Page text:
Wednesday, April 10, 2013

An Easter card arrived today from my dear daughter-in-law Sarah and my loving grand daughter Gracie!  Such thoughtful, wonderful women!  And after all each have been through to still think of their father-in-law and grandpa.  I am truly blessed.

She is the daughter of one of Manhattan's great early merchants, our Sarah is.  In my earliest days of living down state, Charles S. Benson was as much a benefactor to Phebe and I and our little family as he was to become a very close friend and mercantile colleague.  Mr. Benson had begun what would be a long, well established and succesfull career as a grocer and dry goods provider at very much the same time we arrived and I began working in the jewelry and watch repair business.  As I've already indicated, there was many a time when I had little or no money in my possesion.  It was Mr. Benson who extended his helping hand to make certain there was at the very least, food on our table.

Over time, our two family's grew to become quite close and, much like that of my Mattie and John Faris, love blossomed between Ben and Mr. Benson's beautiful daughter Sarah.  On a warm June afternoon in 1860, the two were married.  As a wedding gift and as a sign of my approval for how far he had come in my firm, I announced to one and all that the establishment of J. Gurney would hence be known as J. Gurney & Son.  I don't think anyone who attended the lovely ceremony that day had any thought as to how both marriage and firm would unravel.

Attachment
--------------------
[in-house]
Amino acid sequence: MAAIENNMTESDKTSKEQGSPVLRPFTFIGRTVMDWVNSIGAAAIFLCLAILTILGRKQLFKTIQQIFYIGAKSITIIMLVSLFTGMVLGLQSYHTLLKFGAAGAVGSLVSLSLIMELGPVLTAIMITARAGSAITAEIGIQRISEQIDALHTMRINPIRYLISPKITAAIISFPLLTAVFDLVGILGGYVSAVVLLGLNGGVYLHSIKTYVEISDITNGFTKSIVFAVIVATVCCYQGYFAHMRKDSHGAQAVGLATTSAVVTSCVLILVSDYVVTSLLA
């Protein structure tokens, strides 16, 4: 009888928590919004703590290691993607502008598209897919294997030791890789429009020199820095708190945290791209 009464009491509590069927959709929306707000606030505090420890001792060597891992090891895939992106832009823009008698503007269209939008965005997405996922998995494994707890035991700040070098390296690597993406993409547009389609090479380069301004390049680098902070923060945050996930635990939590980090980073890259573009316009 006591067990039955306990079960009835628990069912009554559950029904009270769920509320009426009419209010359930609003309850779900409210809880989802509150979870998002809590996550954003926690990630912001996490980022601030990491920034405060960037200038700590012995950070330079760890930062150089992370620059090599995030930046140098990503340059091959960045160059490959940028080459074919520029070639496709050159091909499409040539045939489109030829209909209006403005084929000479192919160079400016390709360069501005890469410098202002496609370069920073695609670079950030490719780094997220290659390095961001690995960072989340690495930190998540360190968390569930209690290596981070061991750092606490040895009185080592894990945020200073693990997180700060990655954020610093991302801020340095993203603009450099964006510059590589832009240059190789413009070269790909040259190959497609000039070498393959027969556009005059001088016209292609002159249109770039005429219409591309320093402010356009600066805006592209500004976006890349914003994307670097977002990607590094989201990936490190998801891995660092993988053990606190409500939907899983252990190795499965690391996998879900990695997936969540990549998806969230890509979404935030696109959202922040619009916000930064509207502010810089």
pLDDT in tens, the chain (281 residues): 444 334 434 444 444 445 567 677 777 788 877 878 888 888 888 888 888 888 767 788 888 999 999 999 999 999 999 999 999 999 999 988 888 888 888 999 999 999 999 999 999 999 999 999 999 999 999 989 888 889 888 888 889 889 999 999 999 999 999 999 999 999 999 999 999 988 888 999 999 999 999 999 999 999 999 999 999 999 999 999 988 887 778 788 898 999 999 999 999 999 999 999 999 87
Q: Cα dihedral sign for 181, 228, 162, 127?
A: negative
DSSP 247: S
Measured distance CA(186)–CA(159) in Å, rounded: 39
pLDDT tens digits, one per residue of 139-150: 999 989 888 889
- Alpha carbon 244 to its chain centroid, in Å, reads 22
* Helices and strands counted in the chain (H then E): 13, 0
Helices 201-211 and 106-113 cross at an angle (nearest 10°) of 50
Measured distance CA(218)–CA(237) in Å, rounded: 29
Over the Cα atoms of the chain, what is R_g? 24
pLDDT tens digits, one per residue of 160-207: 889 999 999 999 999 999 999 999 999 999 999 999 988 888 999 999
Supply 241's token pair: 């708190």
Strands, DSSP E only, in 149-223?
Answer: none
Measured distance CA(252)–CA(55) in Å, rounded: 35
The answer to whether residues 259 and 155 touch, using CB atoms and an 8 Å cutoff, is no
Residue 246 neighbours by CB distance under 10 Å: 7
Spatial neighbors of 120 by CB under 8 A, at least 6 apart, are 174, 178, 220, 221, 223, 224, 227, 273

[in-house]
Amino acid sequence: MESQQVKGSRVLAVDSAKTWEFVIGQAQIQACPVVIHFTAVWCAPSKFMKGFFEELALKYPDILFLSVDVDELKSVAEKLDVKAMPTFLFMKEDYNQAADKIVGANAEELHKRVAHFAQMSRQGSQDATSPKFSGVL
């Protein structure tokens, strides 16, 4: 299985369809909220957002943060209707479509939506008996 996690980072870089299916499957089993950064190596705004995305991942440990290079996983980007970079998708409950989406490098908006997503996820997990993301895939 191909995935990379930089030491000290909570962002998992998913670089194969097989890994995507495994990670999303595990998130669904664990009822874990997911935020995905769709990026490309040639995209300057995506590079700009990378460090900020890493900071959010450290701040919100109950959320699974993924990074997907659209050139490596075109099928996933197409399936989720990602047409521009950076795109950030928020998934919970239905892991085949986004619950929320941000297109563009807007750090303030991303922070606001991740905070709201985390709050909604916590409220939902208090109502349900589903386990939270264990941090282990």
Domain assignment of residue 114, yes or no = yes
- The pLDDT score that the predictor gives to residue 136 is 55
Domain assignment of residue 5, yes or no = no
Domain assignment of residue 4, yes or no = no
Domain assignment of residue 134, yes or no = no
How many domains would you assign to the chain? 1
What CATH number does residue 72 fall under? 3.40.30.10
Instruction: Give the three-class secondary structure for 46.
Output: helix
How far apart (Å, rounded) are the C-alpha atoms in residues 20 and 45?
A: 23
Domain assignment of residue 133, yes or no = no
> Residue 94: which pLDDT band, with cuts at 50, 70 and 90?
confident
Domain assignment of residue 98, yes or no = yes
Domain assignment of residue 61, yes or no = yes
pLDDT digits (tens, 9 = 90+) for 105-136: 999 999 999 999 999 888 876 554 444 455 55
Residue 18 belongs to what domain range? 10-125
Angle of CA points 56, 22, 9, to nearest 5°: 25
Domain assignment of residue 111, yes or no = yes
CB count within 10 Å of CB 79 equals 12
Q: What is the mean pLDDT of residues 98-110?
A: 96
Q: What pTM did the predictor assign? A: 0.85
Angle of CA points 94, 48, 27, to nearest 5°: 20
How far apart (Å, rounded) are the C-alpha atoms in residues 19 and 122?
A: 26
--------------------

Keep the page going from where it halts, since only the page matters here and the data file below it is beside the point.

Since my bringing him on board three years prior, Ben had proved himself admirably.  He was, to a fault, an eager student and an industrious employee.  Initially, I know it hurt his sense of pride when I insisted he come on in the most menial of capacities.  However, I believed he had put this perceived slight behind him quickly enough and embraced the opportunity to learn and grow which is precisely what did happen.

With my instruction in the science and art of the business along with those of such great photographers as my friend Fredricks, the Pearsall brothers and others in my employ, Ben became an accomplished operator in his own right.  To his credit, he was one of the principals in the enlargement of the carte de visite to that of his very own "Imperial" size portraits which enjoyed a brief run of popularity before cabinet cards came along.

While his photographic skills were certainly accomplished, what Ben began to enjoy the most and what would ultimately cause so much heartbreak to all was the notoriety and the unlimited access to all the city had to offer.  His appetite for both began innocently enough and while concerned, I did indulge him.  He was a young man, newly married and well on his way to a level of success that may some day eclipse my own, I argued with myself.  I must let him make his own decisions.  Still, my concern was never entirely abated.  Even in this seemingly happy time.

Jeremiah Gurney and Ben Gurney carte de visite ca. 1862
Courtesy of Armand De Gregoris

Tuesday, April 9, 2013

Contrary to the spurious accusations of my colleagues in the days leading up to the events of April 24th 1865 and directly thereafter, I must defend myself and say I did not dislike Mr. Lincoln.  Indeed, I found him to be an entirely sympathetic and thoughtful man placed in dreadful circumstances.

Year after year, the blood of our countrymen spilled out upon American soil and our president grew weary and old beyond his years and in front of our eyes, if photographic evidence could be testimony to this fact.  As if this was not burden enough, he would bury three of his very own dear children before they could reach manhood.  Contending with the first lady and her madness was still another reason.  All must have weighed heavily on his soul.